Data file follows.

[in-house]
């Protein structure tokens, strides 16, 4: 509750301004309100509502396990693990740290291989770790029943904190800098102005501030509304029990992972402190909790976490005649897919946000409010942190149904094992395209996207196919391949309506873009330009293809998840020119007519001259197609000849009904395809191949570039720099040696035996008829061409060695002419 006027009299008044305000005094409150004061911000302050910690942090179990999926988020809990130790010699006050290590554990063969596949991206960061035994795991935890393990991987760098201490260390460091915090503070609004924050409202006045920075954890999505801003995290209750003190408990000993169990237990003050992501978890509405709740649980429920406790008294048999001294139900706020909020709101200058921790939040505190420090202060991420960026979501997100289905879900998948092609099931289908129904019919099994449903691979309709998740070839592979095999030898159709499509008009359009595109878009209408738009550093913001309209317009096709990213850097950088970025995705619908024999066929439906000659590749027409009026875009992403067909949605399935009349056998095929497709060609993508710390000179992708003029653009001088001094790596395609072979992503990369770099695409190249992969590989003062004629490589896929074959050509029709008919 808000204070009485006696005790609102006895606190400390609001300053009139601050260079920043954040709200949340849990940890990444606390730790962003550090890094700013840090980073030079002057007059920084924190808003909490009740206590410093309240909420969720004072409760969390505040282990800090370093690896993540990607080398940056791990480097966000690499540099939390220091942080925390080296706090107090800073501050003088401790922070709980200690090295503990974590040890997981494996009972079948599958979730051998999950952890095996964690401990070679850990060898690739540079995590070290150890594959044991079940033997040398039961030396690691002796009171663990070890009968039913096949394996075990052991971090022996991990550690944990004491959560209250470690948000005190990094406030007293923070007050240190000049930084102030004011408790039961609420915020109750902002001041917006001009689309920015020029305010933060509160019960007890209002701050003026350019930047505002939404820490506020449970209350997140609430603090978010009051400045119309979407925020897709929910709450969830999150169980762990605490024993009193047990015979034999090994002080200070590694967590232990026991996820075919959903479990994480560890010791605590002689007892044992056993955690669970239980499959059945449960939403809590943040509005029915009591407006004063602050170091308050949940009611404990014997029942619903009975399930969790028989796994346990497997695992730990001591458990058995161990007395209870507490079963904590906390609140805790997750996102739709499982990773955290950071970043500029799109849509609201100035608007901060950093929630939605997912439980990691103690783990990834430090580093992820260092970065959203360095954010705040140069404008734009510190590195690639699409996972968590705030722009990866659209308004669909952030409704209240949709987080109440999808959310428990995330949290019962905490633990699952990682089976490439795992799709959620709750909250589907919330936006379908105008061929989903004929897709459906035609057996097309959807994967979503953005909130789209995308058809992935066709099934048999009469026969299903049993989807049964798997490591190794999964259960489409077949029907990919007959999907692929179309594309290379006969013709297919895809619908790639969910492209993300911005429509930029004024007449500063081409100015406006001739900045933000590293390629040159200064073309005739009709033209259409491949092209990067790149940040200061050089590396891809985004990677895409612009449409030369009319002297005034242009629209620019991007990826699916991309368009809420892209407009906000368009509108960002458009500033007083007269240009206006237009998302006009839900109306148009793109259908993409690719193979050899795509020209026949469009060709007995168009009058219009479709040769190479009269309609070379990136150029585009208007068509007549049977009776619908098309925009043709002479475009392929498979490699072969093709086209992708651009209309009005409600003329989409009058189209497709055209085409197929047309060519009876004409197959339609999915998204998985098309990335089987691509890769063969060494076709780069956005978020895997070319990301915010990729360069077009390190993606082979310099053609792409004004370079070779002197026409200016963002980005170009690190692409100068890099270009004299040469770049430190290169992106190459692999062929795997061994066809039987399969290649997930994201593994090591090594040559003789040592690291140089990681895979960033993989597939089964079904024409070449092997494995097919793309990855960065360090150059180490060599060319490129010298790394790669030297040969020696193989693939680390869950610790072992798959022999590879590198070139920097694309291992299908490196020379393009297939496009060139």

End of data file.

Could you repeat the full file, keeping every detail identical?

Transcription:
[in-house]
């Protein structure tokens, strides 16, 4: 509750301004309100509502396990693990740290291989770790029943904190800098102005501030509304029990992972402190909790976490005649897919946000409010942190149904094992395209996207196919391949309506873009330009293809998840020119007519001259197609000849009904395809191949570039720099040696035996008829061409060695002419 006027009299008044305000005094409150004061911000302050910690942090179990999926988020809990130790010699006050290590554990063969596949991206960061035994795991935890393990991987760098201490260390460091915090503070609004924050409202006045920075954890999505801003995290209750003190408990000993169990237990003050992501978890509405709740649980429920406790008294048999001294139900706020909020709101200058921790939040505190420090202060991420960026979501997100289905879900998948092609099931289908129904019919099994449903691979309709998740070839592979095999030898159709499509008009359009595109878009209408738009550093913001309209317009096709990213850097950088970025995705619908024999066929439906000659590749027409009026875009992403067909949605399935009349056998095929497709060609993508710390000179992708003029653009001088001094790596395609072979992503990369770099695409190249992969590989003062004629490589896929074959050509029709008919 808000204070009485006696005790609102006895606190400390609001300053009139601050260079920043954040709200949340849990940890990444606390730790962003550090890094700013840090980073030079002057007059920084924190808003909490009740206590410093309240909420969720004072409760969390505040282990800090370093690896993540990607080398940056791990480097966000690499540099939390220091942080925390080296706090107090800073501050003088401790922070709980200690090295503990974590040890997981494996009972079948599958979730051998999950952890095996964690401990070679850990060898690739540079995590070290150890594959044991079940033997040398039961030396690691002796009171663990070890009968039913096949394996075990052991971090022996991990550690944990004491959560209250470690948000005190990094406030007293923070007050240190000049930084102030004011408790039961609420915020109750902002001041917006001009689309920015020029305010933060509160019960007890209002701050003026350019930047505002939404820490506020449970209350997140609430603090978010009051400045119309979407925020897709929910709450969830999150169980762990605490024993009193047990015979034999090994002080200070590694967590232990026991996820075919959903479990994480560890010791605590002689007892044992056993955690669970239980499959059945449960939403809590943040509005029915009591407006004063602050170091308050949940009611404990014997029942619903009975399930969790028989796994346990497997695992730990001591458990058995161990007395209870507490079963904590906390609140805790997750996102739709499982990773955290950071970043500029799109849509609201100035608007901060950093929630939605997912439980990691103690783990990834430090580093992820260092970065959203360095954010705040140069404008734009510190590195690639699409996972968590705030722009990866659209308004669909952030409704209240949709987080109440999808959310428990995330949290019962905490633990699952990682089976490439795992799709959620709750909250589907919330936006379908105008061929989903004929897709459906035609057996097309959807994967979503953005909130789209995308058809992935066709099934048999009469026969299903049993989807049964798997490591190794999964259960489409077949029907990919007959999907692929179309594309290379006969013709297919895809619908790639969910492209993300911005429509930029004024007449500063081409100015406006001739900045933000590293390629040159200064073309005739009709033209259409491949092209990067790149940040200061050089590396891809985004990677895409612009449409030369009319002297005034242009629209620019991007990826699916991309368009809420892209407009906000368009509108960002458009500033007083007269240009206006237009998302006009839900109306148009793109259908993409690719193979050899795509020209026949469009060709007995168009009058219009479709040769190479009269309609070379990136150029585009208007068509007549049977009776619908098309925009043709002479475009392929498979490699072969093709086209992708651009209309009005409600003329989409009058189209497709055209085409197929047309060519009876004409197959339609999915998204998985098309990335089987691509890769063969060494076709780069956005978020895997070319990301915010990729360069077009390190993606082979310099053609792409004004370079070779002197026409200016963002980005170009690190692409100068890099270009004299040469770049430190290169992106190459692999062929795997061994066809039987399969290649997930994201593994090591090594040559003789040592690291140089990681895979960033993989597939089964079904024409070449092997494995097919793309990855960065360090150059180490060599060319490129010298790394790669030297040969020696193989693939680390869950610790072992798959022999590879590198070139920097694309291992299908490196020379393009297939496009060139």